Things only change if there's an idea *with support*.

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Just now, eFestivals said:

not legally-technically possible.

The future trade relationship can only be negotiated once the UK is a non-member. 

Fair point, the political declaration then. The point is if a permanent customs union was backed I think it would get through

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4 minutes ago, Scott129 said:

Fair point, the political declaration then. The point is if a permanent customs union was backed I think it would get through

I really really don't.

We are where we are because most MPs don't want to be responsible for *any* decision, because they know that all the choices are bad choices which will come back on them.

They're happy enough to put a decision back to 'the people' where they can't be blamed for the choice or the consequences.

And a Norway/Norway+ agreement doesn't resolve a thing, doesn't put brexit to bed one way or another. It just starts off the fight for a 'proper' brexit and it's not something that'll be easily given up (and is part of what MPs fear will come back on them).

Edited by eFestivals

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I thought id drop in on this thread as it seems that there is less drama then the fatboy slim one :) 

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30 minutes ago, eFestivals said:

that tweet is factually incorrect.

The EU ruled out a *short* deal unless May's deal is voted thru.

The point is, a long delay is still available if there's another plan for progress.

Yep, but the EU have obviously decided to try and help her out with all the tough talk and pretence that it's her deal or no deal, let's hope MPs don't fall for it.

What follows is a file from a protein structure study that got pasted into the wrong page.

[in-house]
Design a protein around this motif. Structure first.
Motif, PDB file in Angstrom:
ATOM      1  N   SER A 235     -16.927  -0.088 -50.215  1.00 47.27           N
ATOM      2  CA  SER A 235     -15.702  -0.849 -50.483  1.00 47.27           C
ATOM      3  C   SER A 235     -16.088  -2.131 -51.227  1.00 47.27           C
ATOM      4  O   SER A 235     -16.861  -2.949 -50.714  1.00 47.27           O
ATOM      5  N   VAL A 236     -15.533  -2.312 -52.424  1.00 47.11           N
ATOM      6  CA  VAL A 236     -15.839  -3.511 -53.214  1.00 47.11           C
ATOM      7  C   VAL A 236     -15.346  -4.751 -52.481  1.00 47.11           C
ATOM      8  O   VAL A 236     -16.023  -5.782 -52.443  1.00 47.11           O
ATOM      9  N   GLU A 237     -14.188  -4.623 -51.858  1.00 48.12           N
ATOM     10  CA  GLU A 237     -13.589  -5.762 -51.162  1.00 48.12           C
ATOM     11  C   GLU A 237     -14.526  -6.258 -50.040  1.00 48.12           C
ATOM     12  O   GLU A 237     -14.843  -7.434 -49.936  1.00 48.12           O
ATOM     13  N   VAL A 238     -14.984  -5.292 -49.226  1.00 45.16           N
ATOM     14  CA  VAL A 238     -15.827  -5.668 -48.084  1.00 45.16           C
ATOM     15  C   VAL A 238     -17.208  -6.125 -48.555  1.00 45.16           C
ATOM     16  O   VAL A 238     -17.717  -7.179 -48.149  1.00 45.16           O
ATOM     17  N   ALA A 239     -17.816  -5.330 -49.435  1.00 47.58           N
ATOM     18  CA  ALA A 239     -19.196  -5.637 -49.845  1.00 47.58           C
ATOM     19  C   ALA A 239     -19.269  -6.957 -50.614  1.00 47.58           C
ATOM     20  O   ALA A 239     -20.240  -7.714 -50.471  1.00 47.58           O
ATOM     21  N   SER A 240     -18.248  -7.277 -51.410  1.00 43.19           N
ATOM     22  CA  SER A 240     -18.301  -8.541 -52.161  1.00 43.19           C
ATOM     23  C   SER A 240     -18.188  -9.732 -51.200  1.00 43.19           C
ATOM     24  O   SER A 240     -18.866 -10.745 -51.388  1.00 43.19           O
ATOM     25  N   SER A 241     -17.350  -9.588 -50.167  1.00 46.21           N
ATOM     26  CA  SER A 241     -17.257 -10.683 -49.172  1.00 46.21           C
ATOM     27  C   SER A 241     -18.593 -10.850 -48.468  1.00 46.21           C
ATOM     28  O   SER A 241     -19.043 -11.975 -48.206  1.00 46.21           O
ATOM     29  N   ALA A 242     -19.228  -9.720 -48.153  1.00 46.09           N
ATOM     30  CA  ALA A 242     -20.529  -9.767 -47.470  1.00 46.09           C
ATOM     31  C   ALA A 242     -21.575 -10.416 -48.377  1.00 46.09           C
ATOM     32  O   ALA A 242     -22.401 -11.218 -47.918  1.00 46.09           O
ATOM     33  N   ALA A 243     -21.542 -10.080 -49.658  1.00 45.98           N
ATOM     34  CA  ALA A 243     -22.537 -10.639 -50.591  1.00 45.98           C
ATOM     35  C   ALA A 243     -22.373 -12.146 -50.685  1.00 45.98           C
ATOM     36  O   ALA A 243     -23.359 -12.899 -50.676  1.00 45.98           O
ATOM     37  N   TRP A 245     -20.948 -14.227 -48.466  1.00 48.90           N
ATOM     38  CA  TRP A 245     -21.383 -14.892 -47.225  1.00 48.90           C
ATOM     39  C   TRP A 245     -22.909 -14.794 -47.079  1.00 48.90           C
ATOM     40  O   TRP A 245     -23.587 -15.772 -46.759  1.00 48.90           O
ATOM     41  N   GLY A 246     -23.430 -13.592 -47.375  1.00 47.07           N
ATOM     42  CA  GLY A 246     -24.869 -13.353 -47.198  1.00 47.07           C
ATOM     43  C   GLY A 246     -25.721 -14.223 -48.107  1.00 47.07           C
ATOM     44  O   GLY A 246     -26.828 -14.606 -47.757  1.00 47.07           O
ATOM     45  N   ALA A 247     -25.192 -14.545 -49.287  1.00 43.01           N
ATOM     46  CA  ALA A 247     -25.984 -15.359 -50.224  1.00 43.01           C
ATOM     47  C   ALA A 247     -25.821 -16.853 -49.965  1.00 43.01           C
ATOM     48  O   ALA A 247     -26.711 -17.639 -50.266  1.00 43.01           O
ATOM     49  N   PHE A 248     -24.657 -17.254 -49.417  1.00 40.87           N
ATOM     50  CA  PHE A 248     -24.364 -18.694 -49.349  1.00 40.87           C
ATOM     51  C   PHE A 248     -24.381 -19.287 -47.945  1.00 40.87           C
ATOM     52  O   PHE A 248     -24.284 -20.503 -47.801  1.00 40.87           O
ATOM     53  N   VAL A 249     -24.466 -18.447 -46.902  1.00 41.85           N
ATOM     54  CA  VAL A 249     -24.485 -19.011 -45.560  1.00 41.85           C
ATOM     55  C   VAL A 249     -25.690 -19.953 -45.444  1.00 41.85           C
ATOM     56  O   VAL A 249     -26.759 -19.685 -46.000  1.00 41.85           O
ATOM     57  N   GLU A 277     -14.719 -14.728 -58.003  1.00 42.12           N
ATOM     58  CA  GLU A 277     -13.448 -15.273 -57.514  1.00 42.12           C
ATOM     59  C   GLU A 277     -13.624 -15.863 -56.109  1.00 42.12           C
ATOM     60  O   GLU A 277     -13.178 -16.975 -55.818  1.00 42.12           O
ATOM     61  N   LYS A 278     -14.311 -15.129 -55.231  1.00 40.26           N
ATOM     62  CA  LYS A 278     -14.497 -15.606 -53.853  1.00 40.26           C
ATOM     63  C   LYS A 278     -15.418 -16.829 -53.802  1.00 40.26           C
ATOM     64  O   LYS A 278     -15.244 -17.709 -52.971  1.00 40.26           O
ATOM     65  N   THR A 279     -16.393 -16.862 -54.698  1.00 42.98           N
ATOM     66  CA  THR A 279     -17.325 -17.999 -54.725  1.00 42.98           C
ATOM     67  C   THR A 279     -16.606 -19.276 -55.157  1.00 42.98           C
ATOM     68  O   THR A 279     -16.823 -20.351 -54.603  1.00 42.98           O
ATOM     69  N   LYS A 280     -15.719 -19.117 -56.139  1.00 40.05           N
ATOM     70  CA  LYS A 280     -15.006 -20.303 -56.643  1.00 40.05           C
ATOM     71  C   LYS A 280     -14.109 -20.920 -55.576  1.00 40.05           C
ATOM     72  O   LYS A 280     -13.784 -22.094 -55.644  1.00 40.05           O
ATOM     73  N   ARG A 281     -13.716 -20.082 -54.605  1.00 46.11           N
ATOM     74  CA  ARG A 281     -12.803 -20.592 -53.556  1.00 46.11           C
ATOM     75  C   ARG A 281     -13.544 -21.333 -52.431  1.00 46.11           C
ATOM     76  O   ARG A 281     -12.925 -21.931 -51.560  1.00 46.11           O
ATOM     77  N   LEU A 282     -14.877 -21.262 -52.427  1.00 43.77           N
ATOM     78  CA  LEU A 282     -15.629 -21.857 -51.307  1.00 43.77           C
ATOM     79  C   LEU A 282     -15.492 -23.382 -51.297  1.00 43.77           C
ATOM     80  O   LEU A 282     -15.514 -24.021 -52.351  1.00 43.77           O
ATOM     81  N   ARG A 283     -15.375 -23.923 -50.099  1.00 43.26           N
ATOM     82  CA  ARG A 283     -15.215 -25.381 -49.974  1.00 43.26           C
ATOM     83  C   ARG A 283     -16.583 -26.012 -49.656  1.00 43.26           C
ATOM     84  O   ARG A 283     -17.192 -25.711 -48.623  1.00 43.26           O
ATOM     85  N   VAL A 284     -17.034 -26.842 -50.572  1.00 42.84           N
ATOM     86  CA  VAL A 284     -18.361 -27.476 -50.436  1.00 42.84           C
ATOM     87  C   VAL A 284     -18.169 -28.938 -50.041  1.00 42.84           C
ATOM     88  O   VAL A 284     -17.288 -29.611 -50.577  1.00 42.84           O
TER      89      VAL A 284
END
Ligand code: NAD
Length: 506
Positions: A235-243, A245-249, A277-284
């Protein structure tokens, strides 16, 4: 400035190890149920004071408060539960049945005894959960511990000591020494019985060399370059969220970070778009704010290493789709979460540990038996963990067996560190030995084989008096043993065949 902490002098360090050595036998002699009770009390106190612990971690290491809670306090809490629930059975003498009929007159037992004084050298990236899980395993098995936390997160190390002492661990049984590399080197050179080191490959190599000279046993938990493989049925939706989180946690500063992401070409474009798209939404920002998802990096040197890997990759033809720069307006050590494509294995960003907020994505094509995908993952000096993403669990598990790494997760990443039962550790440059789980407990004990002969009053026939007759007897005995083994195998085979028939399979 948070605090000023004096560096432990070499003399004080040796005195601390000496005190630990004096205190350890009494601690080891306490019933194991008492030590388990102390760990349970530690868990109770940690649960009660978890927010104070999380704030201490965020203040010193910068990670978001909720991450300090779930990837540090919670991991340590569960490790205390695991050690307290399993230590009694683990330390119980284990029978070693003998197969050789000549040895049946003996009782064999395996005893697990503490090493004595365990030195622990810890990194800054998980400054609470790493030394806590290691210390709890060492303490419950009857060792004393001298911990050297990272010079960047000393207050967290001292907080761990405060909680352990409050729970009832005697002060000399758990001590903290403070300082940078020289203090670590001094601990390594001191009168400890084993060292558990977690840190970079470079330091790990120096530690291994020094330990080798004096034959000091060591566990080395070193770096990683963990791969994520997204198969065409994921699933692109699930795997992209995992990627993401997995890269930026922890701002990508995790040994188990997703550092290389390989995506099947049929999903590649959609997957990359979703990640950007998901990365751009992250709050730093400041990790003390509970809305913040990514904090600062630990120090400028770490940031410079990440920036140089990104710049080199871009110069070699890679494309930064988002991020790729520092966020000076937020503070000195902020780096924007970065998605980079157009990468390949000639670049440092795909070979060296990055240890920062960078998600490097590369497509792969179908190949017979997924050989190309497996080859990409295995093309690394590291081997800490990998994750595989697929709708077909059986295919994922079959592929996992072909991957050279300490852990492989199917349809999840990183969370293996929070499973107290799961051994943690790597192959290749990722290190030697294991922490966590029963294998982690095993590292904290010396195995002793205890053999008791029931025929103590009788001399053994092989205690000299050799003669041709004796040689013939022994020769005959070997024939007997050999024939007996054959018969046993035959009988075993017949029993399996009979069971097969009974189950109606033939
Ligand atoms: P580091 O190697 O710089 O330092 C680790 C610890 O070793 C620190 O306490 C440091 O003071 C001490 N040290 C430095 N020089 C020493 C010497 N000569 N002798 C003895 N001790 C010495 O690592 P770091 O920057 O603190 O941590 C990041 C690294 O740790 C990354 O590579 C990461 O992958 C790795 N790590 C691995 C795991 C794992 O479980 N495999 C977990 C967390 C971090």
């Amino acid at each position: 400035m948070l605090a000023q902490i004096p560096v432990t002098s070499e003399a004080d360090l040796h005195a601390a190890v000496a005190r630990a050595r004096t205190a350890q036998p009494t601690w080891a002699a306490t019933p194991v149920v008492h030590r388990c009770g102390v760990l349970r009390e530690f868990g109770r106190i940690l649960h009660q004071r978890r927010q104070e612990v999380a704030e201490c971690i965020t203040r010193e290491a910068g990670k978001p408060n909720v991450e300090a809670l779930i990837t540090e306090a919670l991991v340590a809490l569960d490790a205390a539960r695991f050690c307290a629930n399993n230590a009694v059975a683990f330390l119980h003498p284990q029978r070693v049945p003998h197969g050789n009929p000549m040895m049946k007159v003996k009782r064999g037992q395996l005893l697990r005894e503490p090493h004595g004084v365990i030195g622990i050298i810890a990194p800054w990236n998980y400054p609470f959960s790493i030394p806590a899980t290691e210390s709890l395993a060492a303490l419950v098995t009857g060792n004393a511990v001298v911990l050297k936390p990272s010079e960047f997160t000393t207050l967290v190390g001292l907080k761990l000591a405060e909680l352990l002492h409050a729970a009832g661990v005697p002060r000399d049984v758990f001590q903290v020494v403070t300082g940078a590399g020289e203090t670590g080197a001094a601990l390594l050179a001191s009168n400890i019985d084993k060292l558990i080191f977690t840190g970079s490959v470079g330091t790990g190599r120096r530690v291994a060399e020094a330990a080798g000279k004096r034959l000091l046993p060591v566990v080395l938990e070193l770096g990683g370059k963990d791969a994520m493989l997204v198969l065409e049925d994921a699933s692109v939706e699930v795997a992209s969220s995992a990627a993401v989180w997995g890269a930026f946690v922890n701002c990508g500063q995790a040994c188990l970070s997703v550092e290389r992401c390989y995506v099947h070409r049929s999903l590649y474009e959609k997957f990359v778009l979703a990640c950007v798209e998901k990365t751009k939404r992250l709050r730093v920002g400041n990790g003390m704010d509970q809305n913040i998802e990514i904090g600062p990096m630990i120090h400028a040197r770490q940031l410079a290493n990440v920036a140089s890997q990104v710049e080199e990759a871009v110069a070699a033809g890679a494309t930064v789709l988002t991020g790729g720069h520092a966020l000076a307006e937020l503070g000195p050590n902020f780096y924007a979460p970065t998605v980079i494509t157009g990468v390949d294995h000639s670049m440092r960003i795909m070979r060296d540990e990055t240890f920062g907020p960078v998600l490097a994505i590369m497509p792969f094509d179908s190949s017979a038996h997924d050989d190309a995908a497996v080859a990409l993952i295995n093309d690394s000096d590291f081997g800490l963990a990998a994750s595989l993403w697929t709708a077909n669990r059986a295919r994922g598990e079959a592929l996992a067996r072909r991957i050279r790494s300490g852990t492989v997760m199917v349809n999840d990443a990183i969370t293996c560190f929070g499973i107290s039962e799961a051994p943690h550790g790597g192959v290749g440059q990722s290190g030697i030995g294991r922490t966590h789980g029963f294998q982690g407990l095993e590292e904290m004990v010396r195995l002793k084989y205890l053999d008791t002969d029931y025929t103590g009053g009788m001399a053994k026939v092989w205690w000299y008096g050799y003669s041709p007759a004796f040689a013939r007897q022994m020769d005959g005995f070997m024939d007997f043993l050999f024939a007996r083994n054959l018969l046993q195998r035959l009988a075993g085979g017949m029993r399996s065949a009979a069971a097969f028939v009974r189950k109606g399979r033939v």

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2 minutes ago, eFestivals said:

I really really don't.

We are where we are because most MPs don't want to be responsible for *any* decision, because they know that all the choices are bad choices which will come back on them.

They're happy enough to put a decision back to 'the people' where they can't be blamed for the choice or the consequences.

And a Norway/Norway+ agreement doesn't resolve a thing, doesn't put brexit to bed one way or another. It just starts off the fight for a 'proper' brexit and it's not something that'll be easily given up (and is part of what MPs fear will come back on them).

Labours brexit deal got 240 votes (without tory support). Do you honestly think if May backed it it wouldn't get the 86 mps it would need? That would only require 1/3 of those who voted for Mays deal last time to vote for it

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9 minutes ago, Mr.Tease said: